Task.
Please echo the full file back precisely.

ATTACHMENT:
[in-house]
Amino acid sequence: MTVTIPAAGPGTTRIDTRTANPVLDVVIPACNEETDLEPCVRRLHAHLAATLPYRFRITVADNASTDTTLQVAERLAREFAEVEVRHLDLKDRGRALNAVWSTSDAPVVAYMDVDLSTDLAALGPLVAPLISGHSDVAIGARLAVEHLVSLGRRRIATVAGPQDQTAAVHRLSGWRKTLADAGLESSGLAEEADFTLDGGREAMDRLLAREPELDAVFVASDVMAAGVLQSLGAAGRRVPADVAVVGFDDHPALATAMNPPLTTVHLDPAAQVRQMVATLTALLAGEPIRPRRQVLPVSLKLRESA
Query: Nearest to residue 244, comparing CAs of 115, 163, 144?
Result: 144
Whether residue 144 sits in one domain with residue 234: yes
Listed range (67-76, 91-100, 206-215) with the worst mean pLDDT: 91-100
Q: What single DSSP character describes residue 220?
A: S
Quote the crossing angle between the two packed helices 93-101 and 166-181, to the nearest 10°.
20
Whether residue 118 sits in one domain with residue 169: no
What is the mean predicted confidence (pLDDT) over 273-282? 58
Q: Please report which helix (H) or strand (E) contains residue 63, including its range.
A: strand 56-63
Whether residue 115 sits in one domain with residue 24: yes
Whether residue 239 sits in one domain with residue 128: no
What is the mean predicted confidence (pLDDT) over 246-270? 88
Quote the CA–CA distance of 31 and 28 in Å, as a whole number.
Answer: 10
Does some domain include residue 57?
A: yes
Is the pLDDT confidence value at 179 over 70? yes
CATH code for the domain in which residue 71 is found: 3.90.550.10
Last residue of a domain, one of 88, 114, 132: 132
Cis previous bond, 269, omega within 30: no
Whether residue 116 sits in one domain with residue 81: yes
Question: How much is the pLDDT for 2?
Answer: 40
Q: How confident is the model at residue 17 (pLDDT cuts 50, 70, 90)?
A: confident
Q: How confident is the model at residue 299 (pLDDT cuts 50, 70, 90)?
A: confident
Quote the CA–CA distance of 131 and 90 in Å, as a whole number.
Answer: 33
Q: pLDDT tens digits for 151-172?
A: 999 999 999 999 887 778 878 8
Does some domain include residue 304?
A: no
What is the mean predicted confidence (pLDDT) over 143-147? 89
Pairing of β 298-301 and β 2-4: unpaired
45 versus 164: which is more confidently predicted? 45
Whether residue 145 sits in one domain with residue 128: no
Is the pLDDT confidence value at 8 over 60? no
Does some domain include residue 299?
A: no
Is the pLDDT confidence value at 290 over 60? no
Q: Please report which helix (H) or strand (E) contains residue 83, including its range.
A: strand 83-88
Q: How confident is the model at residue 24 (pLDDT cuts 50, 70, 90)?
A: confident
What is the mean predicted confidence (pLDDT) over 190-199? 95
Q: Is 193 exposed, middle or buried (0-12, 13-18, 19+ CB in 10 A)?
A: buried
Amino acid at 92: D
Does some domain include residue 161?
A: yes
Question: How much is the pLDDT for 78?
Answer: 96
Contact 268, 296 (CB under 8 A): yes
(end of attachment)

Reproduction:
[in-house]
Amino acid sequence: MTVTIPAAGPGTTRIDTRTANPVLDVVIPACNEETDLEPCVRRLHAHLAATLPYRFRITVADNASTDTTLQVAERLAREFAEVEVRHLDLKDRGRALNAVWSTSDAPVVAYMDVDLSTDLAALGPLVAPLISGHSDVAIGARLAVEHLVSLGRRRIATVAGPQDQTAAVHRLSGWRKTLADAGLESSGLAEEADFTLDGGREAMDRLLAREPELDAVFVASDVMAAGVLQSLGAAGRRVPADVAVVGFDDHPALATAMNPPLTTVHLDPAAQVRQMVATLTALLAGEPIRPRRQVLPVSLKLRESA
Query: Nearest to residue 244, comparing CAs of 115, 163, 144?
Result: 144
Whether residue 144 sits in one domain with residue 234: yes
Listed range (67-76, 91-100, 206-215) with the worst mean pLDDT: 91-100
Q: What single DSSP character describes residue 220?
A: S
Quote the crossing angle between the two packed helices 93-101 and 166-181, to the nearest 10°.
20
Whether residue 118 sits in one domain with residue 169: no
What is the mean predicted confidence (pLDDT) over 273-282? 58
Q: Please report which helix (H) or strand (E) contains residue 63, including its range.
A: strand 56-63
Whether residue 115 sits in one domain with residue 24: yes
Whether residue 239 sits in one domain with residue 128: no
What is the mean predicted confidence (pLDDT) over 246-270? 88
Quote the CA–CA distance of 31 and 28 in Å, as a whole number.
Answer: 10
Does some domain include residue 57?
A: yes
Is the pLDDT confidence value at 179 over 70? yes
CATH code for the domain in which residue 71 is found: 3.90.550.10
Last residue of a domain, one of 88, 114, 132: 132
Cis previous bond, 269, omega within 30: no
Whether residue 116 sits in one domain with residue 81: yes
Question: How much is the pLDDT for 2?
Answer: 40
Q: How confident is the model at residue 17 (pLDDT cuts 50, 70, 90)?
A: confident
Q: How confident is the model at residue 299 (pLDDT cuts 50, 70, 90)?
A: confident
Quote the CA–CA distance of 131 and 90 in Å, as a whole number.
Answer: 33
Q: pLDDT tens digits for 151-172?
A: 999 999 999 999 887 778 878 8
Does some domain include residue 304?
A: no
What is the mean predicted confidence (pLDDT) over 143-147? 89
Pairing of β 298-301 and β 2-4: unpaired
45 versus 164: which is more confidently predicted? 45
Whether residue 145 sits in one domain with residue 128: no
Is the pLDDT confidence value at 8 over 60? no
Does some domain include residue 299?
A: no
Is the pLDDT confidence value at 290 over 60? no
Q: Please report which helix (H) or strand (E) contains residue 83, including its range.
A: strand 83-88
Q: How confident is the model at residue 24 (pLDDT cuts 50, 70, 90)?
A: confident
What is the mean predicted confidence (pLDDT) over 190-199? 95
Q: Is 193 exposed, middle or buried (0-12, 13-18, 19+ CB in 10 A)?
A: buried
Amino acid at 92: D
Does some domain include residue 161?
A: yes
Question: How much is the pLDDT for 78?
Answer: 96
Contact 268, 296 (CB under 8 A): yes